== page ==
“So, tell me”, I asked of my husband while he drove, “where exactly in that situation was I loving you?”.  My husband’s eyes filled with tears, and he finally understood.  “I wasn’t”, was his reply.  “I was never loving you or showing you love in those moments, if I was doing something so selfish with someone else like that.  I wasn’t loving you at all”.

My husband got it.  He never again told me “I never stopped loving you”, because he realized that while he may have never stopped FEELING love for me, for those moments that he was deceiving me, he wasn’t LIVING his love for me.  For the first time in our recovery, my husband stood in my place, and felt the horror of what I was feeling.  Knowing that the pain and anguish he was feeling as a result of a made-up imaginary exercise had caused him such hurt, he knew that mine must be so much greater, and at that moment, he felt what it felt like to stand in my shoes, and the ugly view I had from where I stood.  From that moment, he invested himself in SHOWING me he loved me, and it has made all the difference.

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I was not built to break


The title of this post sums up my recent feelings perfectly.

I am a fighter and a survivor.  I am not taken down easily, and I will not fall and crumble.  I will give every ounce that I have to protect what is dear from me, and will be damned if someone insignificant is going to take away my Joy.

I had the opportunity to attend the “Take your life back” seminar this past weekend with Anne and Brian Bercht.  I’ve referenced them in other posts, but for those who don’t know, Anne is the author of “My husbands affair became the best thing that ever happened to me”.  Since her husband’s affair 12 years ago, Anne has written her book, an auto-biographical account of her journey through healing from the pain of her husband’s affair.  She also started offering seminars to couples and individuals, certifying her skills and abilities through various programs, courses and certificate programs herself and her husband take.  Together, they formed “Passionate Life Seminars”, and offer three different and distinct weekend workshops aimed at helping those whose lives have been touched by infidelity.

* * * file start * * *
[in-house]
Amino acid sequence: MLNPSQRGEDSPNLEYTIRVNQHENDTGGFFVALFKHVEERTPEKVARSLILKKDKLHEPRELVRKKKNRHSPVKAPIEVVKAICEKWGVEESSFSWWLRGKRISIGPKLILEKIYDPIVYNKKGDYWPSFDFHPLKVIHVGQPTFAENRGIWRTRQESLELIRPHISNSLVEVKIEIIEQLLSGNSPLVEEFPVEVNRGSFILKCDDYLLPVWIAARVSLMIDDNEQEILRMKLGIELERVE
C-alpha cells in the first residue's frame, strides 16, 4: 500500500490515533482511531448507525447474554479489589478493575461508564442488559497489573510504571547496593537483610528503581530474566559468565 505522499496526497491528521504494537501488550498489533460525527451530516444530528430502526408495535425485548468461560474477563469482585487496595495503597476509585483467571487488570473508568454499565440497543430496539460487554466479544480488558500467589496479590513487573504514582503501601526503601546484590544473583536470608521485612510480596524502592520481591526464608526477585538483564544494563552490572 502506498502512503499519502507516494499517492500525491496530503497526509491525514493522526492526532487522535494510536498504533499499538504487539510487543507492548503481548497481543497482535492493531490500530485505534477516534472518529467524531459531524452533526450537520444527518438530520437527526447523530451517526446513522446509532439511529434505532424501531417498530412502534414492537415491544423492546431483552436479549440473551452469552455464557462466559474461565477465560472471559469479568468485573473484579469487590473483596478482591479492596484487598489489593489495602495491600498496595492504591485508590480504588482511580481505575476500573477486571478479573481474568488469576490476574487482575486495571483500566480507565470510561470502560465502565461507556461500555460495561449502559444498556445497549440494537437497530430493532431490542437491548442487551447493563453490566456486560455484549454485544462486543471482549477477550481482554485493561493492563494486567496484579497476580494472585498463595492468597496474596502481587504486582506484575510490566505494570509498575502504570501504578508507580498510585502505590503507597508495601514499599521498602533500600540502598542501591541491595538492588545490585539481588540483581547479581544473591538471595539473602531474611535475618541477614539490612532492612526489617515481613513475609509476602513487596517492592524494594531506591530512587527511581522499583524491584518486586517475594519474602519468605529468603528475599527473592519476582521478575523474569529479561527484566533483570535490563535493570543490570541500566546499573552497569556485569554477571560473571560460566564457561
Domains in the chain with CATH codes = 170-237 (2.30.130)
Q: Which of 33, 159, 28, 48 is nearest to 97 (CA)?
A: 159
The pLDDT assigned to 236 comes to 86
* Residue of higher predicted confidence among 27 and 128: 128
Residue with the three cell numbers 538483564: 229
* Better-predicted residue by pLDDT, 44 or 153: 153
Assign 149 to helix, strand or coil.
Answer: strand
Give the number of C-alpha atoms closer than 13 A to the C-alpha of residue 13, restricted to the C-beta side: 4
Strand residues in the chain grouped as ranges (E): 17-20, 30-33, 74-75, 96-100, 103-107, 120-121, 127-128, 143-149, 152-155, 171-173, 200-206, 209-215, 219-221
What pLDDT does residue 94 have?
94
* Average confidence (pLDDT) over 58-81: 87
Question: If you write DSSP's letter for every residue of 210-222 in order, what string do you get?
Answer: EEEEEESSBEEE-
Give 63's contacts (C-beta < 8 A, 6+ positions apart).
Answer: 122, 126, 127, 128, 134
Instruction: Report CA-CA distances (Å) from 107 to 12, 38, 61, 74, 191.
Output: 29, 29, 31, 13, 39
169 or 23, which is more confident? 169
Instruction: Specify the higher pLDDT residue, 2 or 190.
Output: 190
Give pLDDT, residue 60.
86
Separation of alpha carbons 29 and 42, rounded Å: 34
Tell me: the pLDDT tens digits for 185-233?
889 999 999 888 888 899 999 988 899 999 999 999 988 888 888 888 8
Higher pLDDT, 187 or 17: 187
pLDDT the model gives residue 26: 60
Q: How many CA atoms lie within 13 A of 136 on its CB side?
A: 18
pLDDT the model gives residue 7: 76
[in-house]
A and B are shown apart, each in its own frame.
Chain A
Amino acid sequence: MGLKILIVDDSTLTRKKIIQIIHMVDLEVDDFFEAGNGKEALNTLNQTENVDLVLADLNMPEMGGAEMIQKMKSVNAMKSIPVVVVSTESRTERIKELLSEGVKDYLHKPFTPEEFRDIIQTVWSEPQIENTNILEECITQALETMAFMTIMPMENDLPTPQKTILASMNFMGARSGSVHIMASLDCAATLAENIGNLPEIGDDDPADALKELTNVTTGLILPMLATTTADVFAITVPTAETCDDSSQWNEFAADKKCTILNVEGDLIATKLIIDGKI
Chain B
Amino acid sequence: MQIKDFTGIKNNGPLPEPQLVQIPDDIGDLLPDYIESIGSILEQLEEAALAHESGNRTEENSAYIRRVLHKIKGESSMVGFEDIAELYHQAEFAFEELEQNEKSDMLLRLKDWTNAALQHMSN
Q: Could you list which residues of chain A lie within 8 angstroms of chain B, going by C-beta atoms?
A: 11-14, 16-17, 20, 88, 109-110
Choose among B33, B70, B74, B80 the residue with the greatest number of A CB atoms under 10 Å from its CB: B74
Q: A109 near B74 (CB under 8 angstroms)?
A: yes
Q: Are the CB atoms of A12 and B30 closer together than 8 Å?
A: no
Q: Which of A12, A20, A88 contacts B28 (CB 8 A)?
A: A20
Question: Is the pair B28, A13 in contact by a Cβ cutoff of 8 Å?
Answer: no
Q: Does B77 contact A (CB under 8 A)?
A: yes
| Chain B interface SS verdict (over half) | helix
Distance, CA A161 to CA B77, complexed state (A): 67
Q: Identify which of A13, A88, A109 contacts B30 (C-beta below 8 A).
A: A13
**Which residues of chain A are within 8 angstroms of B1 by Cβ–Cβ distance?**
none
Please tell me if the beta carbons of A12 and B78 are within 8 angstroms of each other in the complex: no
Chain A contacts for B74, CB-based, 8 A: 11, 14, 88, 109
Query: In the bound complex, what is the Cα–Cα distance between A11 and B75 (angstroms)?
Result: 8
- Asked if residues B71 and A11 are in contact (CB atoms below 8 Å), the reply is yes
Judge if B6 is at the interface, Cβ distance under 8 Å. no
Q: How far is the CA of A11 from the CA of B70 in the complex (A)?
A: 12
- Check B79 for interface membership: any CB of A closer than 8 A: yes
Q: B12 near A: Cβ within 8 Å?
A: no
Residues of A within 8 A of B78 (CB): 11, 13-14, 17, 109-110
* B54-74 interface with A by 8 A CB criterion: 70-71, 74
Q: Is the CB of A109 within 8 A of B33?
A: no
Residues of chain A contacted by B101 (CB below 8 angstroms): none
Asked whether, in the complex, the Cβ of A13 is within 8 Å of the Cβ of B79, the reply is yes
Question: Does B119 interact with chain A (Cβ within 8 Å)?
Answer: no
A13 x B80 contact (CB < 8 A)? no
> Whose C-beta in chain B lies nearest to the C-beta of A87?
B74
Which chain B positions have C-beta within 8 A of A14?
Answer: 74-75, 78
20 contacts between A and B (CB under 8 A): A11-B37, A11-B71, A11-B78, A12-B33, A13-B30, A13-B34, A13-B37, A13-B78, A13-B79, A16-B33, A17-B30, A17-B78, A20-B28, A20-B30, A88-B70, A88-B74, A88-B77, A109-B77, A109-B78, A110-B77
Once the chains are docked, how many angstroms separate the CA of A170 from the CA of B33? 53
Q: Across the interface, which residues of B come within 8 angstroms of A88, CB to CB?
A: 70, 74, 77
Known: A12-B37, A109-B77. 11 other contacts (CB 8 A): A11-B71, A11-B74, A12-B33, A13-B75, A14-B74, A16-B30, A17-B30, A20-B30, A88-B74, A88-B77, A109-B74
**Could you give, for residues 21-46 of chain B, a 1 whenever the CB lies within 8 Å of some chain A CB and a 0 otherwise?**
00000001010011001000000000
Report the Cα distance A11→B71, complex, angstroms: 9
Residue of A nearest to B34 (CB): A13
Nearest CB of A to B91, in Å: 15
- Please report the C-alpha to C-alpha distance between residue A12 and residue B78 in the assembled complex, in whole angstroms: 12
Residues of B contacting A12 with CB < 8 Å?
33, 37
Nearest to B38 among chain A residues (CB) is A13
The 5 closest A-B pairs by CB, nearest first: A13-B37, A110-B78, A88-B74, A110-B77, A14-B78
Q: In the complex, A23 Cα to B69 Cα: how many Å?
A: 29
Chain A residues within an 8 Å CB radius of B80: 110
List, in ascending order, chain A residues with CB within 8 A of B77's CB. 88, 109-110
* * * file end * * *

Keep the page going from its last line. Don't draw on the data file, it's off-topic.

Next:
This past weekend wasn’t as much about the affair, as it was about me.  It was a weekend designed for those who feel stuck in their healing, and for those who are healing alone to find ways to heal themselves so that they can move on.  It was about finding and tapping into your own unique gifts and using those gifts to break through the pain of what has happened, and start to put it behind, in the past, where it belongs.

I think it is easy to carry the baggage of an event like this forward.  It can become so defining of who we think we are.  It touches us to the core, and fractures the very things that we believe to be true about our selves, our marriage, and the world around us.  Our sense of justice is forever changed. Our feelings of deservedness and worth are questioned. We move forward with the baggage of being a betrayed spouse.  We carry that new identity around, and it colours everything we see from the moment of discovery onward.  It’s as if we put on betrayed-spouse glasses, and see the world through the hue and shade that they cast upon our eyes, allowing us to see the world slightly differently.  We carry these glasses, or the baggage of the affair around our necks, with us wherever we go.